Road trip to Oxford, or WHY ARE THERE SO MANY ROUNDABOUTS?!

16 Jul

Did I ever blog about our trip to Venice last year? I don’t think I did. Let me give you the condensed version: Shopping in Milan was a disappointment, but in Venice we stumbled upon a designer outlet mall. (OK, we stumbled upon an advertisement for said mall, took a boat bus to the bus stop then took a bus to the mall.) Forget all the palaces, cathedrals and canals we saw on that trip — this mall was our favorite part. To this day we still talk about that mall and all the great things we bought there, often saying, “We have to go back!” in a Jack Shephard-esque manner.

And then I discovered Bicester Village, a designer outlet mall outside of Oxford. We could stop researching plane tickets to Venice, we only had to drive an hour and a half for amazing deals! So we decided to make a trip out of it — our first road trip in the UK. We would visit Bicester Village then head down to explore Oxford. Yesterday was the first day it didn’t rain so we jumped on the opportunity. We joked about not being able to fit all our purchases in the car — after all, this mall had everything, even a Tory Burch outlet!

And then… we bought absolutely nothing. What a colossal disappointment.

For starters, the place was packed. Driving in felt like arriving at an amusement park on the free Bring a Friend day. It was bumper to bumper traffic and we had to park in the auxiliary lot there were so many cars. And then in true amusement park fashion there were actual queues to enter some of the shops! We actually had to wait in line to enter Prada. They had a bouncer with a clicker like we were waiting for some exclusive nightclub at 2:30 pm on a Sunday. And none of the deals were that good! Tory Burch had flats on sale for £127, which is nearly $200, close to regular price in the US. I can get them cheaper there. Stephen was on a hunt for dress shirts like the ones he found at the Armani outlet in Venice. This Armani store didn’t have any, and every other store was out of his size or the fit wasn’t right. As we drove on to Oxford we both said it — “We have to go back to Venice!”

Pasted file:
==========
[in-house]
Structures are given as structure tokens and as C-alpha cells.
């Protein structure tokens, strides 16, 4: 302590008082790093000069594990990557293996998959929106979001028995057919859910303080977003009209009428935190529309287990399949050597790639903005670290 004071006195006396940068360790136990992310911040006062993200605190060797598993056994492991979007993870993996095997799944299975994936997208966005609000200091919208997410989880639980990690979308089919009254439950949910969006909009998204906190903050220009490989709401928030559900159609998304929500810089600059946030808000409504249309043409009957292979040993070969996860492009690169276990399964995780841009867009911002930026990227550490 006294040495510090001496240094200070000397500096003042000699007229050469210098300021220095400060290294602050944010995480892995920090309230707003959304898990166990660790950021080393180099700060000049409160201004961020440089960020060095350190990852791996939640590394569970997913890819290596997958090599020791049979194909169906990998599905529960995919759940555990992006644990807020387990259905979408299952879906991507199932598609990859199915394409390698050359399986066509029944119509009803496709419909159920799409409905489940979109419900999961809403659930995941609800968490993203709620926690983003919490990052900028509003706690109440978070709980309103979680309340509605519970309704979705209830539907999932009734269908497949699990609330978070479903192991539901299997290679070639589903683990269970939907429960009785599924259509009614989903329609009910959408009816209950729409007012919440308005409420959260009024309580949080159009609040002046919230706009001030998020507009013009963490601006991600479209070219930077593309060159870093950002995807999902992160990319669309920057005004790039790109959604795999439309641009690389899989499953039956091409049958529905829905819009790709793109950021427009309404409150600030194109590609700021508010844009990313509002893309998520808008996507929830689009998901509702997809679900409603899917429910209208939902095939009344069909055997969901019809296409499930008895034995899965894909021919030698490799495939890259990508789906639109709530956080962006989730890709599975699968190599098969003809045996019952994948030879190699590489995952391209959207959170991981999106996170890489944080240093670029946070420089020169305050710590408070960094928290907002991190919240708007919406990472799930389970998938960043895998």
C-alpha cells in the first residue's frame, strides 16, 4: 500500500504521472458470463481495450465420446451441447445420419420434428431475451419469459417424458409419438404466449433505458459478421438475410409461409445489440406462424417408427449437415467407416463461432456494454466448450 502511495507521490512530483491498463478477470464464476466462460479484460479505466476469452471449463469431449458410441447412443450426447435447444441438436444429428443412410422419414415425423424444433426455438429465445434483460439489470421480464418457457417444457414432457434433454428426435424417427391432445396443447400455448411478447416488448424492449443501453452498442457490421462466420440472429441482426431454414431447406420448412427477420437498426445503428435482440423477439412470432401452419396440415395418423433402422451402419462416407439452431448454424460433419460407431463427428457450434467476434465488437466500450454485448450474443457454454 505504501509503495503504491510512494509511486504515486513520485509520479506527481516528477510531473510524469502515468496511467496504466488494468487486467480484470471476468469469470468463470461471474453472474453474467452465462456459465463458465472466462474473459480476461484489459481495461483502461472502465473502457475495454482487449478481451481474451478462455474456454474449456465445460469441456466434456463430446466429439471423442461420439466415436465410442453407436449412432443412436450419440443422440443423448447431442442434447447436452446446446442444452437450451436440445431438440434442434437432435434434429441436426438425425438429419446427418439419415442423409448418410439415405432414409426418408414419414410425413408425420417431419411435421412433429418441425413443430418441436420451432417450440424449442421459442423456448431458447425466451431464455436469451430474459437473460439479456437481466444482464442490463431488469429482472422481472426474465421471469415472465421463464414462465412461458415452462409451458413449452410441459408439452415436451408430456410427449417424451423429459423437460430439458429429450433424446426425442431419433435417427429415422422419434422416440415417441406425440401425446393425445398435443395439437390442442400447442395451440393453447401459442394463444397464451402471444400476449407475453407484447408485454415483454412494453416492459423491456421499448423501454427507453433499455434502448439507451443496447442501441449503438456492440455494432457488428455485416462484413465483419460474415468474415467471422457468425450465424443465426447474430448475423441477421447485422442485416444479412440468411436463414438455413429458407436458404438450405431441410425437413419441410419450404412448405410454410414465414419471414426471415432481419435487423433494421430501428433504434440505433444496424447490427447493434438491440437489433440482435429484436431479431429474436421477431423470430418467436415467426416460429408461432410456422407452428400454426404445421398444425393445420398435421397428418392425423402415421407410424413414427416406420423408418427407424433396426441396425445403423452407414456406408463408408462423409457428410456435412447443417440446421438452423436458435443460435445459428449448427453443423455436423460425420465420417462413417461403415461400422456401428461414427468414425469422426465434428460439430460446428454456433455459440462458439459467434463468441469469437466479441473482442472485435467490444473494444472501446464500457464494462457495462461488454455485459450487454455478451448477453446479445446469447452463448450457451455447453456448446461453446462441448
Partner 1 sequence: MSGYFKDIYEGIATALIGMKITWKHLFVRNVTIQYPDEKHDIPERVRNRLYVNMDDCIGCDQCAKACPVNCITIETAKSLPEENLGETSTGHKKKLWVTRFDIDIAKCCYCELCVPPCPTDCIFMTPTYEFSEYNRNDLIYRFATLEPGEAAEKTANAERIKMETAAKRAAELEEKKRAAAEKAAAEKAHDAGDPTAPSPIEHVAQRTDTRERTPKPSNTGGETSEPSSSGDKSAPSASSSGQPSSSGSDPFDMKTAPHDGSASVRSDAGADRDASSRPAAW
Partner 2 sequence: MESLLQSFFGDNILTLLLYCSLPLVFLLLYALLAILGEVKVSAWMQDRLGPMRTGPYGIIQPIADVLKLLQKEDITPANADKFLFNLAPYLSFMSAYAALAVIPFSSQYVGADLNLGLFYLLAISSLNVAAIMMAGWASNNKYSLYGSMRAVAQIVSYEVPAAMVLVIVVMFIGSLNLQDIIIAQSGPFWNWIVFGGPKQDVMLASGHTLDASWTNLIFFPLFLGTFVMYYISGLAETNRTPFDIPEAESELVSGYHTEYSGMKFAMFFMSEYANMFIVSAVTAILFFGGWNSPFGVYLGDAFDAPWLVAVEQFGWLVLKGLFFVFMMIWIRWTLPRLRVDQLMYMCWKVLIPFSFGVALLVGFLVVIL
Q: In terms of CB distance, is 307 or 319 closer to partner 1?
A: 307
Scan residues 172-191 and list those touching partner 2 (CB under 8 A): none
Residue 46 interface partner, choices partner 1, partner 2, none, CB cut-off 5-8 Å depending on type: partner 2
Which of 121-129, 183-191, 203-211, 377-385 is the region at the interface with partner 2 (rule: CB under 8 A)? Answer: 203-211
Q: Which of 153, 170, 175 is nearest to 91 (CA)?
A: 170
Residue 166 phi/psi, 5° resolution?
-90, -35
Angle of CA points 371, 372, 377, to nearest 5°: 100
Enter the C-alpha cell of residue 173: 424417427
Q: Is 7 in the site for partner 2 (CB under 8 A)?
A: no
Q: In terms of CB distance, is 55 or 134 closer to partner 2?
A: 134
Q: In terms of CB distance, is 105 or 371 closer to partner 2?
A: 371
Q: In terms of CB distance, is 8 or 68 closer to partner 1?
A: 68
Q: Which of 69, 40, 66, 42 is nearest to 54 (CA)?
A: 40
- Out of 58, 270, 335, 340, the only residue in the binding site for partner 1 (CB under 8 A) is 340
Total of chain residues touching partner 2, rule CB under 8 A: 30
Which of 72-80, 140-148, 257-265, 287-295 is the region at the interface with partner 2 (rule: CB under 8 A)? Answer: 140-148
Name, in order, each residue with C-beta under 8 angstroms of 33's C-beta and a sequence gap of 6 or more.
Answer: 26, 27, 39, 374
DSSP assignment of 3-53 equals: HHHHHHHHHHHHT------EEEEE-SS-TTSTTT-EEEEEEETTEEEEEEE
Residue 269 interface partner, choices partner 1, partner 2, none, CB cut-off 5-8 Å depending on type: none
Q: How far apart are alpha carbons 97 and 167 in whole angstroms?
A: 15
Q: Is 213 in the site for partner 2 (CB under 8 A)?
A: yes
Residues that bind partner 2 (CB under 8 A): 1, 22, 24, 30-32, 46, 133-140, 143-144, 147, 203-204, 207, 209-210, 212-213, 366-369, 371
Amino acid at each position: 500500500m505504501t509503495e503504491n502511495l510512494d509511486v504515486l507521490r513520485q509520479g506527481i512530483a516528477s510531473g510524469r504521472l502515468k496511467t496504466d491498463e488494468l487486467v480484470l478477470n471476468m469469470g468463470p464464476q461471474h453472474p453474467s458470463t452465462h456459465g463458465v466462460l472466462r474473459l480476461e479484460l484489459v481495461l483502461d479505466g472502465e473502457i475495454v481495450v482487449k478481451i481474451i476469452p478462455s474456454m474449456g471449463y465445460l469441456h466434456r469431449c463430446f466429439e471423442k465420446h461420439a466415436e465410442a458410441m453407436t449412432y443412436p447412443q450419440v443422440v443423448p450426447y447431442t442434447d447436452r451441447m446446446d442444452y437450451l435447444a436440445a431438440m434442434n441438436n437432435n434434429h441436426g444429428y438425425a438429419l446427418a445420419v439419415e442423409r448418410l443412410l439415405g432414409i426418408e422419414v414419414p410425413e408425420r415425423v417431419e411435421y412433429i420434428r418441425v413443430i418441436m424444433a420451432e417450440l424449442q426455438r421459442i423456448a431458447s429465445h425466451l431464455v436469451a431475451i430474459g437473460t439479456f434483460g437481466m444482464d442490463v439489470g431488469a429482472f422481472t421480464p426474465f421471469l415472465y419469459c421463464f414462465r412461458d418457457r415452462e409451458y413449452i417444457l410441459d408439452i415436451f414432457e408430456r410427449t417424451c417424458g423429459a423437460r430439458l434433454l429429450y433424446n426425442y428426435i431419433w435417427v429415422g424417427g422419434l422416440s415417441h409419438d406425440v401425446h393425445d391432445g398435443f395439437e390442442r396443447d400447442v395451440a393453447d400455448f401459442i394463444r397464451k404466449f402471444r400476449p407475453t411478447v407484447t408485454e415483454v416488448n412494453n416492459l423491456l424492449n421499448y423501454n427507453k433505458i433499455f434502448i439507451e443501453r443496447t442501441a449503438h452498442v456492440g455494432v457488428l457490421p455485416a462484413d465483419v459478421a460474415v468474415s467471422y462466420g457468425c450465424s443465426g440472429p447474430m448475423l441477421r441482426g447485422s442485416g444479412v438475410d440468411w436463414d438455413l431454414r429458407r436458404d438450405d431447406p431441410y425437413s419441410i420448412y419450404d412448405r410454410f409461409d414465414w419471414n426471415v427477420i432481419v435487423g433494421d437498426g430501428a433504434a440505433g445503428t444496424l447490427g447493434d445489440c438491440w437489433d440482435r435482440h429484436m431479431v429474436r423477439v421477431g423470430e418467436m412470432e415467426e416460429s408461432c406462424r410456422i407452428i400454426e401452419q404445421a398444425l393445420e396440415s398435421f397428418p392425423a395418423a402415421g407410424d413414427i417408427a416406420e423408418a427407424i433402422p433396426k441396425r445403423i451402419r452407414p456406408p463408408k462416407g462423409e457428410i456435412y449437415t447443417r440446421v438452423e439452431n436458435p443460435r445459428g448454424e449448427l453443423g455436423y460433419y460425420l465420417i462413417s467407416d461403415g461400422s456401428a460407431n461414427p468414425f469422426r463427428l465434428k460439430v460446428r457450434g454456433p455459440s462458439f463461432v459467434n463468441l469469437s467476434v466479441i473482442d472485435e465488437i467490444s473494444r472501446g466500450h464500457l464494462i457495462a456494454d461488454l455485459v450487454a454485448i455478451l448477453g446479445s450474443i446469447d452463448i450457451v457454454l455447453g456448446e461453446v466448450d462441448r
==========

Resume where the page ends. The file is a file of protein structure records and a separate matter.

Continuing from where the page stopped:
Speaking of Venice, Oxford reminded me of it, but now how you’d think. Both are beautiful cities which are hard to fully appreciate because there are so. many. freaking. tourists. I know I can’t really complain because I was a tourist, but it really took away from the charm of the place. How do the actual Oxford students handle it? Do they get used to it? Hide in the library all day? Are there even any students there in the summer? I swear I only saw tourists.

So in true tourist fashion, here are some photos I took that make the place look scenic and serene because I cropped out the people:

 

Before we left we decided to swing by Oxford Castle.

“Dude, that’s kind of a crappy castle,” we both said when we saw this:

Turns out this is the Oxfordshire County Council building. Not Oxford Castle. Whoops.

I think this is the only photo I took of Oxford Castle. It wasn’t very impressive either.

We climbed the castle mound and this was the view:

I was probably supposed to be more impressed with Oxford, but honestly my favorite part of the trip was the drive. On the way home there was traffic on the M40 so our GPS took us off the motorway through this middle-of-nowhere little town. Were we in the U.S. I’d call it real Americana, so I guess it was real Britannia? We had fun flying through the backroads at 60mph which seemed like a high speed limit for way out in bufu. I think Stephen was finally having fun with his new car and I was finally comfortable he wasn’t going to veer to the right. In Oxford I was thinking to myself how riding in the passenger seat on the left side doesn’t seem weird anymore, but then when we went to the car in the car park I instinctively walked to the right side of the car to get in. Classic American in England move!

For the most part, driving on the motorway looked and felt like driving in the Midwest, Switzerland or China, except you occasionally see this:

(Yes, those are sheep on a hill).

Also, there are roundabouts. Everywhere! And I still cannot figure them out. Stephen assures me that they’re easy, but I still think I’d pull a Clark Griswold if I ever attempted one (that, or I’d do the opposite and never actually enter the traffic circle because there were too many cars going around.)

This was supposed to be a photo of us in one of the many roundabouts:


I also have to say that the signs along the motorway are absolute rubbish and even with a GPS we had a hard time figuring out which lane we had to be in and where the exit was. American interstates are much more clearly marked. (USA! USA!)

On a final note, there were special “Olympics lanes” on the London roads and I don’t know what they are for. Can you only drive in them if you’re an athlete? Or if you’re going to the Games? Why would you be crazy enough to drive through London if you weren’t going to the Games? (Or even if you are going to the Games, why would you drive?!) And how long did it take them to repaint all the lines to include the marked Olympic lanes, and how long will it take them to paint over when the Games are through? These are the kinds of things I think about.

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One Response to “Road trip to Oxford, or WHY ARE THERE SO MANY ROUNDABOUTS?!”

  1. Kathy July 22, 2012 at 11:36 am #

    Loved your article and photos.

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